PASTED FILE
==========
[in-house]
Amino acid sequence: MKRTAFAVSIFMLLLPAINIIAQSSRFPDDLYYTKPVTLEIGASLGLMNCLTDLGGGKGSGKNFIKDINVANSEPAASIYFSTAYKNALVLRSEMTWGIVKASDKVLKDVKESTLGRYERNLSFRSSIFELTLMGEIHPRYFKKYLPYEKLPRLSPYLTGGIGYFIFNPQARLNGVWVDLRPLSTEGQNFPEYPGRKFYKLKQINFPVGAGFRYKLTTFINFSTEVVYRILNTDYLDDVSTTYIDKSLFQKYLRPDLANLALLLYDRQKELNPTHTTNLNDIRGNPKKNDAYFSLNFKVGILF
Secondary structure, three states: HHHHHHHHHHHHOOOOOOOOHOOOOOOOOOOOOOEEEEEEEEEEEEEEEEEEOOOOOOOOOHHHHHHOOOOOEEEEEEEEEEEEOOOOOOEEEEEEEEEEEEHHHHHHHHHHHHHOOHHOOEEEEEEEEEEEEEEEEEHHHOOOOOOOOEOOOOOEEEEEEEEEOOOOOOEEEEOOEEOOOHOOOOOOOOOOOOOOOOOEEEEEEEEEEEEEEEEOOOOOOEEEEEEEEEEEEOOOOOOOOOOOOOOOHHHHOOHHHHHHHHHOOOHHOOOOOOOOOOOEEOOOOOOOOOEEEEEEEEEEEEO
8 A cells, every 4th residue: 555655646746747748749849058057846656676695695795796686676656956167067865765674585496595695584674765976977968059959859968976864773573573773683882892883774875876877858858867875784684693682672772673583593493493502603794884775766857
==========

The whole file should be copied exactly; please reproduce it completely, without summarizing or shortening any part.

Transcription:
[in-house]
Amino acid sequence: MKRTAFAVSIFMLLLPAINIIAQSSRFPDDLYYTKPVTLEIGASLGLMNCLTDLGGGKGSGKNFIKDINVANSEPAASIYFSTAYKNALVLRSEMTWGIVKASDKVLKDVKESTLGRYERNLSFRSSIFELTLMGEIHPRYFKKYLPYEKLPRLSPYLTGGIGYFIFNPQARLNGVWVDLRPLSTEGQNFPEYPGRKFYKLKQINFPVGAGFRYKLTTFINFSTEVVYRILNTDYLDDVSTTYIDKSLFQKYLRPDLANLALLLYDRQKELNPTHTTNLNDIRGNPKKNDAYFSLNFKVGILF
Secondary structure, three states: HHHHHHHHHHHHOOOOOOOOHOOOOOOOOOOOOOEEEEEEEEEEEEEEEEEEOOOOOOOOOHHHHHHOOOOOEEEEEEEEEEEEOOOOOOEEEEEEEEEEEEHHHHHHHHHHHHHOOHHOOEEEEEEEEEEEEEEEEEHHHOOOOOOOOEOOOOOEEEEEEEEEOOOOOOEEEEOOEEOOOHOOOOOOOOOOOOOOOOOEEEEEEEEEEEEEEEEOOOOOOEEEEEEEEEEEEOOOOOOOOOOOOOOOHHHHOOHHHHHHHHHOOOHHOOOOOOOOOOOEEOOOOOOOOOEEEEEEEEEEEEO
8 A cells, every 4th residue: 555655646746747748749849058057846656676695695795796686676656956167067865765674585496595695584674765976977968059959859968976864773573573773683882892883774875876877858858867875784684693682672772673583593493493502603794884775766857